This week's highs and lows in PC gaming

The lows

Tim Clark: RIP Rag

Hearthstone’s señor del fuego hasn’t quite purged his last, but he is being sent to live on a farm in the Wild where the he can roam free with the Piloted Shredders. Not that I am sad about this week’s announcement from Blizzard, which detailed that six classic cards will be removed from Standard when 2017’s first set is released. I lobbied for exactly this to happen at the start of the year, and along with the coming nerfs, and changes designed to reduce the grind from the ladder system, the developers at Team 5 have surely answered a lot of the (at times justified) criticism they’ve faced.

So it’s one of those lows that isn’t really a sad one, but at the same time I do feel a little twang of melancholy to see the firelord leave. Rag was the first golden legendary I crafted—the second was actually Sylvanas, so I’m going to be rolling in dust at least—and I’ve been playing long enough to remember when the meta pretty much revolved around playing Faceless Manipulator followed by BGH on the other guy’s Rag. It’s a huge decision by Blizzard to remove such an iconic card from the game’s main format, and I admire the ballsiness a lot. Nonetheless, a small part of me will miss slamming Rag and hearing his “By fire be purged!” entrance line.

Actually, given the precedent set by Lightlord, I bet they reprint a new version of the card in a couple of year’s time. You can’t keep a good elemental down.

Wes Fenlon: So long, internet progress

I think I wrote about some likely damage to Net Neutrality in a low just a few weeks ago, and recent words coming from the FCC haven't exactly dissuaded me of that notion. Just this week one of the commissioners called gigabit service a "novelty" and argued against a proposal that would classify "broadband" as 25 megabits per second down or faster, the speed required for 4K video streaming. Even if he had a good argument, the thing he's arguing against is actually a proposal to spend money expanding broadband service to poor and underserved areas. Meanwhile, the US continues to lag behind other developed nations in average internet speed.

And would you be shocked to know that telecom companies like Verizon have been granted billions of dollars in tax credits to install fiber services, then never followed through on those promises? Boy, they sure do have it rough, don't they. But 25 megabits per second? That's much too demanding!

Tyler Wilde: Weak Wick

This is technically from last week, but the John Wick VR game? It’s not very good. And after seeing John Wick: Chapter 2 over the weekend (very good), I’m even more disappointed by the game.

I think price is a huge barrier to VR adoption, but I’m starting to agree with Gabe Newell: Even if the price were lower, there still wouldn’t be a very compelling reason for most people to own a VR headset. I’ve been fascinated with VR ever since I first saw a holodeck on TNG, so of course I’m into it. But at this stage, the hardware and software are only good enough to mystify me for ten minutes before I acclimate to the novelty and go back to not having a big plastic thing strapped to my head. I still haven’t found a VR game that I reach for every chance I get. I’m confident it’ll come, but probably not before hardware improvements.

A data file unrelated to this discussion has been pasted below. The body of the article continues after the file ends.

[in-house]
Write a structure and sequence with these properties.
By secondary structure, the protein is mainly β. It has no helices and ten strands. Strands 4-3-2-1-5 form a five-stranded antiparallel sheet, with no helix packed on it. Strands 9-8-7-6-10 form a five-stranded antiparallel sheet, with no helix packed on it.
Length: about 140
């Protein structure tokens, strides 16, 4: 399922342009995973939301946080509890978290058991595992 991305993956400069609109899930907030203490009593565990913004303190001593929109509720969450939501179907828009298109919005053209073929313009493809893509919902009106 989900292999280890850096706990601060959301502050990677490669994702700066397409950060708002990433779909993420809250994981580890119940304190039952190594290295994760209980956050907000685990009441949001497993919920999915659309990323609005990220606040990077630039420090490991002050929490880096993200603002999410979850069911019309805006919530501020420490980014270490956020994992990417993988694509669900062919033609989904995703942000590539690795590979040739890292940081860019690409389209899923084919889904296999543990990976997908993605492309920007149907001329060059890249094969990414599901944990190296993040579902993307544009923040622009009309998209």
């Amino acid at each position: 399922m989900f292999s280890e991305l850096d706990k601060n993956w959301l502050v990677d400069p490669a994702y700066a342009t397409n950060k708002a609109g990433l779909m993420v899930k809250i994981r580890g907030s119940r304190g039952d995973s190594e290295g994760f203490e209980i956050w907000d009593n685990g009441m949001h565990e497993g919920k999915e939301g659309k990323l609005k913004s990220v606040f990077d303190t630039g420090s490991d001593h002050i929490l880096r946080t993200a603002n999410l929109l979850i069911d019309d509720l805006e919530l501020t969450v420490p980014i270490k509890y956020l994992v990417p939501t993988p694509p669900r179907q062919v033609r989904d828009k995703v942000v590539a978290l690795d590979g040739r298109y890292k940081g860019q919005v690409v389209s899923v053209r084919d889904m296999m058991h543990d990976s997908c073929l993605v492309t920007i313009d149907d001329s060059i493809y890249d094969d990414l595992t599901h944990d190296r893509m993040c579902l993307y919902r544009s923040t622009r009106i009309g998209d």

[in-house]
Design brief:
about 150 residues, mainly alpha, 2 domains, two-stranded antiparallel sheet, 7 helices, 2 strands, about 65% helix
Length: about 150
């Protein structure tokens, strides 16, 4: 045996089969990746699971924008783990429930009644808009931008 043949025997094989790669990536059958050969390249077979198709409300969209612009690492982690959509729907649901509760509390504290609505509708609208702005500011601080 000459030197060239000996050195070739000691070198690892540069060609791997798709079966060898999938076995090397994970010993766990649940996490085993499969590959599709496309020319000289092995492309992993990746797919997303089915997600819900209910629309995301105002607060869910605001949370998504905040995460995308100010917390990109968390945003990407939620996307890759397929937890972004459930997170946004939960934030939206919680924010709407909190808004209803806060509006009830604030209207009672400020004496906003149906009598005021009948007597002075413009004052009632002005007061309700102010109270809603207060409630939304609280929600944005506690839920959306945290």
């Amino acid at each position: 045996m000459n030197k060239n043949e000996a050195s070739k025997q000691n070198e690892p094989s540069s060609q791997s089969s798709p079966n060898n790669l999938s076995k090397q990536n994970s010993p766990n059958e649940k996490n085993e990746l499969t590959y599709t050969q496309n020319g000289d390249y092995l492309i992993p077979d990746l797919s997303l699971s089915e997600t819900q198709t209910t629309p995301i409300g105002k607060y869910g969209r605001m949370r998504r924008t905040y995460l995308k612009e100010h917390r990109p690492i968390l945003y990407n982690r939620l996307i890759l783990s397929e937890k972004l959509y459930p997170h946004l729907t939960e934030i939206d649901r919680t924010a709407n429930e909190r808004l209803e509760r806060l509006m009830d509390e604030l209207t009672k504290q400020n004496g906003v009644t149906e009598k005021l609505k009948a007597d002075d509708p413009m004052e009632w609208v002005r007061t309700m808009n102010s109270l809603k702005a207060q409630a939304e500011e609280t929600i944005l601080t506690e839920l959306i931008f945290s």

Steven Messner: Friends in low places

About a month ago, One of my friends, Jesse, decided to shell out cash for his first gaming PC. He's not much of a gamer these days, but I think he felt a little left out as most of our group plays on PC. During the hours we spent picking out parts to fit his budget and assembling it, I felt like Aladdin arriving on a magic carpet to show him a whole new wooooooooorld.

Nope. It's been a nightmare for the poor guy. Parts he ordered were dead on arrival, Windows 10 has a bug that I'm pretty sure warrants a total reinstall, and now his monitor sometimes won't turn on. Hopefully it's just a bad cable, but given his luck I fear something more… expensive.

His first impression of the world of owning a PC has been the worst, and I can tell it's all but killed his enthusiasm. And I sympathize. For someone who just wanted to play a spot of Overwatch now and again with his buds, was all this money and time really worth the effort? For him, I don't think it was. And that makes me sad. 

Chris L: No Man's Hi

Oh, yeah! No Man's Sky! Remember that little indie game that completely blew up the internet for half a year? It's slipped off my radar lately because once again Hello Games has largely gone into silent mode. This isn't a bad thing, as we've seen: after its last great void of communication Hello produced an impressively large patch for the space game, and I'm sure the team is currently working hard on... whatever it is they're working on. It's still hard to not wish for some hint of what that might be: other than retweeting screenshots and memes, Hello's twitter account hasn't said much lately, Sean Murray's last communique was from December to announce they were hiring, and the official site hasn't posted any news in over two months.

Maybe no news is good news, but I'm still hoping for a glimmer of what's to come before it actually, y'know, gets here.

Joe Donnelly: I need a power nap

After rearranging the PC Gamer UK office furniture, retrieving the team's hidden pencil cases, scraping the glue off the underside of their mouses, and removing all of the rude words from the random pages of the next magazine issue's draft before it goes to print—I am absolutely shattered, and thus too tired to contribute a low this week.

Power, who needs it? I'm off to bed.

PC Gamer

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